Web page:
Our knowledge about non-supersymmetric Conformal Field Theories (CFTs) in four dimensions(4D) is still quite incomplete. Su�ces it to say that not a single nontrivial example is known whichwould be solvable to the same extent as, say, the 2D Ising model. However, we do not doubt thatCFTs must be ubiquitous. For example, non-supersymmetric gauge theories with Nc colors andNf flavors are widely believed to have “conformal windows” in which the theory has a conformalfixed point in the IR, with evidence from large Nc analysis [1], supersymmetric analogues [2], andlattice simulations [3]. Since these fixed points are typically strongly coupled, we do not havemuch control over them. In this situation particularly important are general, model-independentproperties.
One example of such a property is the famous unitarity bound [4] on the dimension � of aspin l conformal primary operator O�,l :
1
� � 1 (l = 0) , (1.1)� � l + 2 (l � 1) .
These bounds are derived by imposing that the two point function hOOi have a positive spectraldensity.
As is well known, 3-point functions in CFT are fixed by conformal symmetry up to a few arbi-trary constants (Operator Product Expansion (OPE) coe�cients). The next nontrivial constraintthus appears at the 4-point function level, and is known as the conformal bootstrap equation. Itsays that OPE applied in direct and crossed channel should give the same result (see Fig. 1).
The bootstrap equation goes back to the early days of CFT [5]. However, until recently, notmuch useful general information has been extracted from it2. All spins and dimensions can apriorienter the bootstrap on equal footing, and this seems to lead to unsurmountable di�culties.
‚O
= ⁄O
f
f
f
f
O
Figure 1: The conformal bootstrap equation. The thick red line denotes a conformalblock, summing up exchanges of a primary operator O and all its descendants.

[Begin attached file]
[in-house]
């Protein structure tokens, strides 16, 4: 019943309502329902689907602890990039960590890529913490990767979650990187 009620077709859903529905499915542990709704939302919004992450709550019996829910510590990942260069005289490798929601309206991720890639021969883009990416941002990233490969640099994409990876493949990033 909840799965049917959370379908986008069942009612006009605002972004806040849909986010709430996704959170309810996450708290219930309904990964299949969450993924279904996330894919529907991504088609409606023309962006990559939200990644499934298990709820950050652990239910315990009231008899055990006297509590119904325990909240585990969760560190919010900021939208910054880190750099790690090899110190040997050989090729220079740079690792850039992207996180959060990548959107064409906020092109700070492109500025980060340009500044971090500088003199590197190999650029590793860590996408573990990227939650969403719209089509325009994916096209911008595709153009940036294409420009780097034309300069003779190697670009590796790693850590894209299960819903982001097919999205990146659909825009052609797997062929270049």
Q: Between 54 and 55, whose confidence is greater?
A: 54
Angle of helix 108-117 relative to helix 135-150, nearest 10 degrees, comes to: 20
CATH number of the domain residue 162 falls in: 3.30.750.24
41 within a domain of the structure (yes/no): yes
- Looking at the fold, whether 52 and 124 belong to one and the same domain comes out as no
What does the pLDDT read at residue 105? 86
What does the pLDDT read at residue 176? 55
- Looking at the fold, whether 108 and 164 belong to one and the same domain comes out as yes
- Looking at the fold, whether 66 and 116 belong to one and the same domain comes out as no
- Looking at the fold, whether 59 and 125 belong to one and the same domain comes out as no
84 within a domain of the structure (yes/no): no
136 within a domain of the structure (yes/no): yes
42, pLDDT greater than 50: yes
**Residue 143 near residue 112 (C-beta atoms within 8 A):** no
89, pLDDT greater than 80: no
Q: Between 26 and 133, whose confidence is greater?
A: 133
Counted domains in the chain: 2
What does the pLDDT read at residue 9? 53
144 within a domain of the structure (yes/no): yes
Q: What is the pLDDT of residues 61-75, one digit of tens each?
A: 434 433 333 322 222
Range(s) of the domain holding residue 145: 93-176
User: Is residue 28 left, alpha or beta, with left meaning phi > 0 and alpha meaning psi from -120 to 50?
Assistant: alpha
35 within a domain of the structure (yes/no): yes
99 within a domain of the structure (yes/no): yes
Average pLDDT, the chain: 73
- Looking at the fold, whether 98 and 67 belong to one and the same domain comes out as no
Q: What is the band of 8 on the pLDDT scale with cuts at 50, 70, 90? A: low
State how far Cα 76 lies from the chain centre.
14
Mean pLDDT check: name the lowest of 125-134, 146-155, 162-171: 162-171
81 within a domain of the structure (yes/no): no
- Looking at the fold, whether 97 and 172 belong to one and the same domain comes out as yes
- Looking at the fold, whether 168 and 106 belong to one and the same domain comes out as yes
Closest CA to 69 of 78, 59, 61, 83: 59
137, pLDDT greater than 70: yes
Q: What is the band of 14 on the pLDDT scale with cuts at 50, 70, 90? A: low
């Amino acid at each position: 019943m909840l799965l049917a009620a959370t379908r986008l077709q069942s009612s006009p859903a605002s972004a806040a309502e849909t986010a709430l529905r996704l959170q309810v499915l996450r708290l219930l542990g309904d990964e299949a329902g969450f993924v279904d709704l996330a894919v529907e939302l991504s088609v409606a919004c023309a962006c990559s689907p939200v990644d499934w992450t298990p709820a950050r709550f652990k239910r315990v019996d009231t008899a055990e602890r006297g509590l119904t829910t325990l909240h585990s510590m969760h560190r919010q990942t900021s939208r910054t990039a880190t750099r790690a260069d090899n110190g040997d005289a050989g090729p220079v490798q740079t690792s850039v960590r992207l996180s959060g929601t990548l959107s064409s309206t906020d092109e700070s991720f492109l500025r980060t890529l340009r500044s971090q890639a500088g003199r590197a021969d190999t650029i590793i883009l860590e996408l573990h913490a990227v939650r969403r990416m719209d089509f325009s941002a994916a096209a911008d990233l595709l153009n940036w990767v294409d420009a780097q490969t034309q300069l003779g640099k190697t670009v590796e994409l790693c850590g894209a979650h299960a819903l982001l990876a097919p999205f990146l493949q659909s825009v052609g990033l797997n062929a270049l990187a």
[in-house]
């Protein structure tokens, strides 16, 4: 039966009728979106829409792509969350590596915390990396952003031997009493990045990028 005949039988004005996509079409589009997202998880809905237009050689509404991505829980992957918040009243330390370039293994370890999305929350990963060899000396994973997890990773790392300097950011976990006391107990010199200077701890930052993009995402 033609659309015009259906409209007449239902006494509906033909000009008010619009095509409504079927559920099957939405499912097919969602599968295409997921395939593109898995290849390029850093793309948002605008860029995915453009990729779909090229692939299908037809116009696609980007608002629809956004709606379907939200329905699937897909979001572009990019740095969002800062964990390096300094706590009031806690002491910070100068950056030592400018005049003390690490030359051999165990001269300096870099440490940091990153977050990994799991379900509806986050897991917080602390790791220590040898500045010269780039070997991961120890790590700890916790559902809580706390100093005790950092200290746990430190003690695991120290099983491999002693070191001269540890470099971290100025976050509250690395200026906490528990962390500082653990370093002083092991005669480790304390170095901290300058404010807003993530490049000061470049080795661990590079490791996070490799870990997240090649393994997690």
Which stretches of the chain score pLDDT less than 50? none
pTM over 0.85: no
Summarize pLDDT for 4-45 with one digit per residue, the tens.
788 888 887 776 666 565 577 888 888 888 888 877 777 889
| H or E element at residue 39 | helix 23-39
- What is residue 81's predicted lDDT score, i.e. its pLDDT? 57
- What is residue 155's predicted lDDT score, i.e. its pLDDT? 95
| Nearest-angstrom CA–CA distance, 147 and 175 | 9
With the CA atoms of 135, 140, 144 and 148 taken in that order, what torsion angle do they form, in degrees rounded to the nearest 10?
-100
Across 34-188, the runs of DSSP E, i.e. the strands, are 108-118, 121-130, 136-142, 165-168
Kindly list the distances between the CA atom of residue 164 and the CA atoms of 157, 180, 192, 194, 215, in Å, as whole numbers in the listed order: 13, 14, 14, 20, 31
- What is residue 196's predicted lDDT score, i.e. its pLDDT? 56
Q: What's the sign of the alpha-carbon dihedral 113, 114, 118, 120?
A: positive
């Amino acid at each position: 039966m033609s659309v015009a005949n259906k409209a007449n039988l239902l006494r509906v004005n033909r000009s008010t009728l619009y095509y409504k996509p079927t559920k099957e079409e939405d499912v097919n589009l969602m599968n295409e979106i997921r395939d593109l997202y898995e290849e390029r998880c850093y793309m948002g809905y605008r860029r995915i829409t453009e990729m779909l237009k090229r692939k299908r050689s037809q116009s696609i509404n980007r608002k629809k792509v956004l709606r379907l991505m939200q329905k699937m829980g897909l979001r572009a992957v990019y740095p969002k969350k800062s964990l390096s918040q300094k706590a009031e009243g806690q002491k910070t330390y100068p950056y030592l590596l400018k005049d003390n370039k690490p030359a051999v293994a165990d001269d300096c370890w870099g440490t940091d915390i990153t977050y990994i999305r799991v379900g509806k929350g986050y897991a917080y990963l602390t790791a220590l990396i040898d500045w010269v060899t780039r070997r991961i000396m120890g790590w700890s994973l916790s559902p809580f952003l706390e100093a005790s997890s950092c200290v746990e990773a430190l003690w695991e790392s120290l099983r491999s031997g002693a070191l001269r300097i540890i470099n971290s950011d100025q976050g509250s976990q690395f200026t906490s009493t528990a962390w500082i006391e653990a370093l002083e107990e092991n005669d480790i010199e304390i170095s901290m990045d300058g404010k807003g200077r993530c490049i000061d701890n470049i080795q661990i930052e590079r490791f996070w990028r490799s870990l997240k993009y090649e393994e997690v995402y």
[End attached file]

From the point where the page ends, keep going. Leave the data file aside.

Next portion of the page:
Recently, however, tangible progress in the analysis of bootstrap equations was achieved in[7]. Namely, it was found that, in unitary theories, the functions entering the bootstrap equations
1Here we quote only the case of symmetric traceless tensor operators.2Except in 2D, in theories with finitely many primary fields and in the Liouville theory [6]. We will comment
on the 2D case in Sections 4.1 and 5 below.
1
︸ ︷︷ ︸e−#∆fs (xi )
t-channel: 〈O(x1)O(x2)O(x3)O(x4)〉 ∼∑O∆,`
1 Introduction and formulation of the problem
Our knowledge about non-supersymmetric Conformal Field Theories (CFTs) in four dimensions(4D) is still quite incomplete. Su�ces it to say that not a single nontrivial example is known whichwould be solvable to the same extent as, say, the 2D Ising model. However, we do not doubt thatCFTs must be ubiquitous. For example, non-supersymmetric gauge theories with Nc colors andNf flavors are widely believed to have “conformal windows” in which the theory has a conformalfixed point in the IR, with evidence from large Nc analysis [1], supersymmetric analogues [2], andlattice simulations [3]. Since these fixed points are typically strongly coupled, we do not havemuch control over them. In this situation particularly important are general, model-independentproperties.
One example of such a property is the famous unitarity bound [4] on the dimension � of aspin l conformal primary operator O�,l :
1
� � 1 (l = 0) , (1.1)� � l + 2 (l � 1) .
These bounds are derived by imposing that the two point function hOOi have a positive spectraldensity.
As is well known, 3-point functions in CFT are fixed by conformal symmetry up to a few arbi-trary constants (Operator Product Expansion (OPE) coe�cients). The next nontrivial constraintthus appears at the 4-point function level, and is known as the conformal bootstrap equation. Itsays that OPE applied in direct and crossed channel should give the same result (see Fig. 1).
The bootstrap equation goes back to the early days of CFT [5]. However, until recently, notmuch useful general information has been extracted from it2. All spins and dimensions can apriorienter the bootstrap on equal footing, and this seems to lead to unsurmountable di�culties.
‚O
= ⁄O
f
f
f
f
O
Figure 1: The conformal bootstrap equation. The thick red line denotes a conformalblock, summing up exchanges of a primary operator O and all its descendants.
Recently, however, tangible progress in the analysis of bootstrap equations was achieved in[7]. Namely, it was found that, in unitary theories, the functions entering the bootstrap equations
1Here we quote only the case of symmetric traceless tensor operators.2Except in 2D, in theories with finitely many primary fields and in the Liouville theory [6]. We will comment
on the 2D case in Sections 4.1 and 5 below.
1
︸ ︷︷ ︸e−#∆ft (xi )